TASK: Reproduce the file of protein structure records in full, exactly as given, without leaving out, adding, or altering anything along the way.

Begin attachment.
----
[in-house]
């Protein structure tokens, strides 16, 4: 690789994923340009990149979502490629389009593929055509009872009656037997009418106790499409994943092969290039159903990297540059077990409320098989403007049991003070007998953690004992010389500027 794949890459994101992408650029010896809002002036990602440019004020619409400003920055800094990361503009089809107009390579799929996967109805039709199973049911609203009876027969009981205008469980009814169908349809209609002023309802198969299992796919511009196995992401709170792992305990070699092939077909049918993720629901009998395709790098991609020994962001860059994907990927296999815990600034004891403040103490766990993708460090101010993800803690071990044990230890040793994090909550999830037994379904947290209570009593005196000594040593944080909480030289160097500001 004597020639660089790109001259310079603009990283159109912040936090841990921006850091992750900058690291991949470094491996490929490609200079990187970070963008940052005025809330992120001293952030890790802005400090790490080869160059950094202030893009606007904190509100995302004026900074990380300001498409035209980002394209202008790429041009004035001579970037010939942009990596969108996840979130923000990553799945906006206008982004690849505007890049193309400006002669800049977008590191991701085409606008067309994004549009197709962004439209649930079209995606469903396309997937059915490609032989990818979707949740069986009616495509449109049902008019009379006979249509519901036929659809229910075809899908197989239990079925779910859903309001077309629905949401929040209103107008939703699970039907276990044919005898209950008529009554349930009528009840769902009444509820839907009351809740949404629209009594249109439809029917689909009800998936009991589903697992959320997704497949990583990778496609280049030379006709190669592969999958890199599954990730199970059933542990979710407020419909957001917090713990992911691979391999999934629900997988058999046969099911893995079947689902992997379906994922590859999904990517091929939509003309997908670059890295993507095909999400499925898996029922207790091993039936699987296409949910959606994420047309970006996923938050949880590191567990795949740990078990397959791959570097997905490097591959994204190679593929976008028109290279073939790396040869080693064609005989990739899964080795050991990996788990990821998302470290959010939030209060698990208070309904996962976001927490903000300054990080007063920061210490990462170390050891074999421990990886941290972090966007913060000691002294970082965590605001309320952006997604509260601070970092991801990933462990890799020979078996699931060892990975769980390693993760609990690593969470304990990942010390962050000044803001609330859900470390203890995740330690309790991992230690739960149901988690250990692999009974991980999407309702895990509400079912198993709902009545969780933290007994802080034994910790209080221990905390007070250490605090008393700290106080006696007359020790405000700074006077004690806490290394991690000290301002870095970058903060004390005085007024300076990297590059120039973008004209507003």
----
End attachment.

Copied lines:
[in-house]
């Protein structure tokens, strides 16, 4: 690789994923340009990149979502490629389009593929055509009872009656037997009418106790499409994943092969290039159903990297540059077990409320098989403007049991003070007998953690004992010389500027 794949890459994101992408650029010896809002002036990602440019004020619409400003920055800094990361503009089809107009390579799929996967109805039709199973049911609203009876027969009981205008469980009814169908349809209609002023309802198969299992796919511009196995992401709170792992305990070699092939077909049918993720629901009998395709790098991609020994962001860059994907990927296999815990600034004891403040103490766990993708460090101010993800803690071990044990230890040793994090909550999830037994379904947290209570009593005196000594040593944080909480030289160097500001 004597020639660089790109001259310079603009990283159109912040936090841990921006850091992750900058690291991949470094491996490929490609200079990187970070963008940052005025809330992120001293952030890790802005400090790490080869160059950094202030893009606007904190509100995302004026900074990380300001498409035209980002394209202008790429041009004035001579970037010939942009990596969108996840979130923000990553799945906006206008982004690849505007890049193309400006002669800049977008590191991701085409606008067309994004549009197709962004439209649930079209995606469903396309997937059915490609032989990818979707949740069986009616495509449109049902008019009379006979249509519901036929659809229910075809899908197989239990079925779910859903309001077309629905949401929040209103107008939703699970039907276990044919005898209950008529009554349930009528009840769902009444509820839907009351809740949404629209009594249109439809029917689909009800998936009991589903697992959320997704497949990583990778496609280049030379006709190669592969999958890199599954990730199970059933542990979710407020419909957001917090713990992911691979391999999934629900997988058999046969099911893995079947689902992997379906994922590859999904990517091929939509003309997908670059890295993507095909999400499925898996029922207790091993039936699987296409949910959606994420047309970006996923938050949880590191567990795949740990078990397959791959570097997905490097591959994204190679593929976008028109290279073939790396040869080693064609005989990739899964080795050991990996788990990821998302470290959010939030209060698990208070309904996962976001927490903000300054990080007063920061210490990462170390050891074999421990990886941290972090966007913060000691002294970082965590605001309320952006997604509260601070970092991801990933462990890799020979078996699931060892990975769980390693993760609990690593969470304990990942010390962050000044803001609330859900470390203890995740330690309790991992230690739960149901988690250990692999009974991980999407309702895990509400079912198993709902009545969780933290007994802080034994910790209080221990905390007070250490605090008393700290106080006696007359020790405000700074006077004690806490290394991690000290301002870095970058903060004390005085007024300076990297590059120039973008004209507003």